Sneak Peek: Chef Bruce Ricketts' Taco Joint at Aguirre, Parañaque

La Chinesca is a compelling reason to brave Southbound traffic.
IMAGE Sasha Lim Uy

Chef Bruce Ricketts may have risen the ranks from unassuming talent to culinary prodigy through his quaint Japanese degustacion, Sensei Sushi, and then through his subsequent forays into modern Asian cuisine, but his first love is and will always be Mexican food. Whether conscious or not, you can see how this influences his cooking—from his taco-inspired temaki in Ooma to the lobster and kanburi tostada in Mecha Uma.

Now, the humble chef is making another dream come true (ours, not his) with the impending opening of his long-awaited La Chinesca, a cozy taqueria at 268 Aguirre Avenue, Parañaque. 


Fans of the chef shouldn't be surprised. Chef Bruce has already teased La Chinesca twice: holding his first pop-up in Mecha Uma in June 2015 then again a month later.

The final menu (if there ever is a final menu where this prolific chef is concerned) has completely changed from those temporary outings. What can be counted on, of course, is a bold assault of tastes. We're expecting some tweaks before that elusive opening date, but here are some of the things you can look forward to:

Salmon Aguachile: Underneath those crispy golden discs are cubes of salmon, scallions, chili, red onions, eggplant, and sesame cream. The spicy-tart profile is perfect for ceviche lovers.


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The Huachinango: battered fish (this one's a snapper) with cabbage, salsa fresca, burnt garlic cream, and salsa macha. For extra heat, lather on the homemade chili sauce thoughtfully ready on every table.

A little meal on its own, the Guisada de Res comes with stewed beef shoulder, lengua, bell peppers, rice, and pinipig.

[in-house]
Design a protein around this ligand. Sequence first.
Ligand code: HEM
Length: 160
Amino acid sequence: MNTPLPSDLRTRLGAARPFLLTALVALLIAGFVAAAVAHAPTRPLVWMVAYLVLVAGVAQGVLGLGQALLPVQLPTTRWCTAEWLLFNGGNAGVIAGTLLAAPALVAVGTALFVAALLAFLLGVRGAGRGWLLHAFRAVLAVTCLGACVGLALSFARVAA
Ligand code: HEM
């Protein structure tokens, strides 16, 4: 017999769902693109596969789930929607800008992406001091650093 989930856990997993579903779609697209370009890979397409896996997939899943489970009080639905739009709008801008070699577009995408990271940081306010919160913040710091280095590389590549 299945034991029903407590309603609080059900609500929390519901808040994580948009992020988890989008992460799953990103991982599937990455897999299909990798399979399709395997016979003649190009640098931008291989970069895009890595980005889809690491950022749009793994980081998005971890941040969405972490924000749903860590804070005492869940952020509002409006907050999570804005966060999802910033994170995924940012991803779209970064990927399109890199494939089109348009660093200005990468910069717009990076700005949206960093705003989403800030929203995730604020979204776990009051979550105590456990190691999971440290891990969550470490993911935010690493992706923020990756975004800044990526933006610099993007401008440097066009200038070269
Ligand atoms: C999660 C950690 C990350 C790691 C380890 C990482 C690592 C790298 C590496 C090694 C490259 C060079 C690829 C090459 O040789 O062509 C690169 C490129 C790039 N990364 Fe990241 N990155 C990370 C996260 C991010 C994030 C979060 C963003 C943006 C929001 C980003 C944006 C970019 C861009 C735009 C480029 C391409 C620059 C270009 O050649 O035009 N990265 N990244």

It's easy to predict that this will be a bestseller because, well, who doesn't love beef tacos? Hanging tender, rajas and esquites are the components of this stunning Carne Asada.

Another crowdpleaser (done in that bold Bruce Ricketts style), the Carnitas is a gourmet approach to good ol' pork tacos. The pork is confit, with bean puree, pickled onions, and roasted pineapple.

You don't see goat tacos often, so La Chinesca makes the Chivo worth your while. The goat cooked on a griddle then paired with jicama, daikon, sesame, and salsa verde—all bright components to really lift up the deep flavors of the cabra.

Beef intestines, watermelon, chile de arbol, onions, and cilantro make up the Tripitas. Texture is the king here: chewy, fatty, juicy with a light crispness from the homemade masa tortilla. Offal isn't always a popular choice, but that meaty flavor will win over any skeptic.


Because nothing beats comfort in a bowl, behold the Carne Asada Rice. 

These aren't your everyday stuffed tortillas. Each La Chinesca taco is a demonstration of balance—from the flavor to the texture to how you feel from the first to the last bite—and dedication. You can tell that each protein is carefully marinated to draw out maximum flavors; the intense sauces are homemade to fully bring out the intentions of every combination. There's generosity there, too. The tortillas can barely contain the overloaded amount of filling that the kitchen lavishly throwns on. La Chinesca's tacos are a messy affair and we can't wait. 

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About The Author
Sasha Lim Uy
Sasha eats to live and lives to eat. For five years, she handled's food section and edited the last two installments of its Top 10 Food books. She also recently participated at the Madrid Fusion Manila as curator.
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